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John Dalrymple

(1673—1747) diplomat and army officer


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[S] (1673–1747). Diplomat and soldier. Dalrymple succeeded as 2nd earl at the age of 34 in 1707, having pursued a successful career in the army. He served as a Scottish representative peer 1707–8, 1715–34, and 1744–7, and was given the Thistle in 1710. In 1714–20 he was ambassador in France, where he played an important role in watching the Jacobites and in consolidating the understanding with the Regent d'Orléans. His opposition to Walpole's Excise scheme in 1733 led to his dismissal from his offices and only after Walpole's fall in 1742 was he restored to favour. In 1742 he served as ambassador at The Hague, was promoted field marshal, and in 1742–3 was commander-in-chief in Flanders, resigning in dudgeon. Walpole's brother Horace thought Stair ‘insufferably proud and haughty’ and Lord Hervey described him as of ‘a very warm, prompt temper’.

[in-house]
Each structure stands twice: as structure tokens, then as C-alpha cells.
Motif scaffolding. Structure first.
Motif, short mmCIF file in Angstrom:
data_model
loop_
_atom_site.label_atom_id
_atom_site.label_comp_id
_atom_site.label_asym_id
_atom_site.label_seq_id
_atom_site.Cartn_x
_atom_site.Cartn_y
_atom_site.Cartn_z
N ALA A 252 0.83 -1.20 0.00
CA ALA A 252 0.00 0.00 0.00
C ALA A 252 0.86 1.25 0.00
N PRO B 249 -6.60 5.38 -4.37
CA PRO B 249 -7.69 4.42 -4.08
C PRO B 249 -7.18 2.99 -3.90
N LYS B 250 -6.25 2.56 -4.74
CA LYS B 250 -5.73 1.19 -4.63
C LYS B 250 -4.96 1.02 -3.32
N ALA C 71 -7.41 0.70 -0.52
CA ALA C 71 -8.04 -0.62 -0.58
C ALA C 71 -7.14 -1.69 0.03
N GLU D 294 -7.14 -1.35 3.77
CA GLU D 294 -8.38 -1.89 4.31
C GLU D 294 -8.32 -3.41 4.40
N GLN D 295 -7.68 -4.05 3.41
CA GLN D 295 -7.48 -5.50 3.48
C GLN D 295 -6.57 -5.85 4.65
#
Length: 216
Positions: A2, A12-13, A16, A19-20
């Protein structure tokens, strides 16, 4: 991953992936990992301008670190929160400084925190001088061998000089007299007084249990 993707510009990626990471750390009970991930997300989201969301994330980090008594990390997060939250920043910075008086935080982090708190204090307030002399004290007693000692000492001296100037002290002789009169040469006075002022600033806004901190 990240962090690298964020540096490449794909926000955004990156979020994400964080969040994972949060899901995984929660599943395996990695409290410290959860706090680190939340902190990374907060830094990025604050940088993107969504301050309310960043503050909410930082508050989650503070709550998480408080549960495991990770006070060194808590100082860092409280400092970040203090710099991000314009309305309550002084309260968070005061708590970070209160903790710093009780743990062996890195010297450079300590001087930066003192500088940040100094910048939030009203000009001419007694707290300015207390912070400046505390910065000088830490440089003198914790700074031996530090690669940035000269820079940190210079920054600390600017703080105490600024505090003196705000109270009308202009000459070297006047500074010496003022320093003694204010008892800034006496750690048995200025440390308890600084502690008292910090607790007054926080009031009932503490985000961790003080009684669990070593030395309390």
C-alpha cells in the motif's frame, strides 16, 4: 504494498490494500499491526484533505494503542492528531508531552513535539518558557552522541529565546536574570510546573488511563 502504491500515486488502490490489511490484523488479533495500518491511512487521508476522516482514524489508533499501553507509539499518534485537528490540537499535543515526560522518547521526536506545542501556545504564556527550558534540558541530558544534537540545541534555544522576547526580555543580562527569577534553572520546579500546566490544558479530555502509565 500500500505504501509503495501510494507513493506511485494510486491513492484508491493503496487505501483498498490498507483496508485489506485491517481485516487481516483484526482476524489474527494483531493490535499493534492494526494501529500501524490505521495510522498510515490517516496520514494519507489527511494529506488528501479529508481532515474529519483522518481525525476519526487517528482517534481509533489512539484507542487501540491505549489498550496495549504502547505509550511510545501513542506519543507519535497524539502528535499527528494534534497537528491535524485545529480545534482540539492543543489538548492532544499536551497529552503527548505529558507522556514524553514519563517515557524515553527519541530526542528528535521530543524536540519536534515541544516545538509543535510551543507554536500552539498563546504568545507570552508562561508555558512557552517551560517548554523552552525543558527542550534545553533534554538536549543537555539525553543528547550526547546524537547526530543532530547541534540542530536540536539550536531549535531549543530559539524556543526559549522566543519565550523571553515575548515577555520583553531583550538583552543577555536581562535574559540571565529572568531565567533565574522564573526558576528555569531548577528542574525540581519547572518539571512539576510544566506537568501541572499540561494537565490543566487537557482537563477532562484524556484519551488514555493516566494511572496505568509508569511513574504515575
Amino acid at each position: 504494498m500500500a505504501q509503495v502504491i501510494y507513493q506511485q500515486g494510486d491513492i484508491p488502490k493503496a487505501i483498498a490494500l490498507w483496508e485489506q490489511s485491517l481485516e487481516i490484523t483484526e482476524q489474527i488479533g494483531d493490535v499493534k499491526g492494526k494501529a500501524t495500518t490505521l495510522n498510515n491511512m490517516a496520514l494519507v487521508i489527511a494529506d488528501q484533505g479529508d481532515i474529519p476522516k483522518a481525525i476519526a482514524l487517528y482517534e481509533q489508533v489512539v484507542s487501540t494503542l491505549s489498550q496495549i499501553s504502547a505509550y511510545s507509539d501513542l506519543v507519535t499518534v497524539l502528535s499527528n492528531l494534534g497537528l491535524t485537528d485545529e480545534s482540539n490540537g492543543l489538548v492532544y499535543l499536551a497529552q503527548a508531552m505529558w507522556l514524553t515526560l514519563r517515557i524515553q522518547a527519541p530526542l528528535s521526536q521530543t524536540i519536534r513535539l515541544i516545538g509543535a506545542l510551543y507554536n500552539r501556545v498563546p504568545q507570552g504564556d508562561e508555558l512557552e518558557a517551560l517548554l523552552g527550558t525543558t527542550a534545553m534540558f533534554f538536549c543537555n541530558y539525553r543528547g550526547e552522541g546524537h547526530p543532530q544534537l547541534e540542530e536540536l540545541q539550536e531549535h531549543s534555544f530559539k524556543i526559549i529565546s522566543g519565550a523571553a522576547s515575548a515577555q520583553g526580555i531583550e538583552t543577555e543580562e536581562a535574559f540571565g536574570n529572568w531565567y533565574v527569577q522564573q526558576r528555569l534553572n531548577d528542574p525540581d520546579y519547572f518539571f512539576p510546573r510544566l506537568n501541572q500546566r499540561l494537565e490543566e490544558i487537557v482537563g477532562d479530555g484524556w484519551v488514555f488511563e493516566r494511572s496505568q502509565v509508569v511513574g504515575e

From The Oxford Companion to British History in Oxford Reference.

Subjects: British History.


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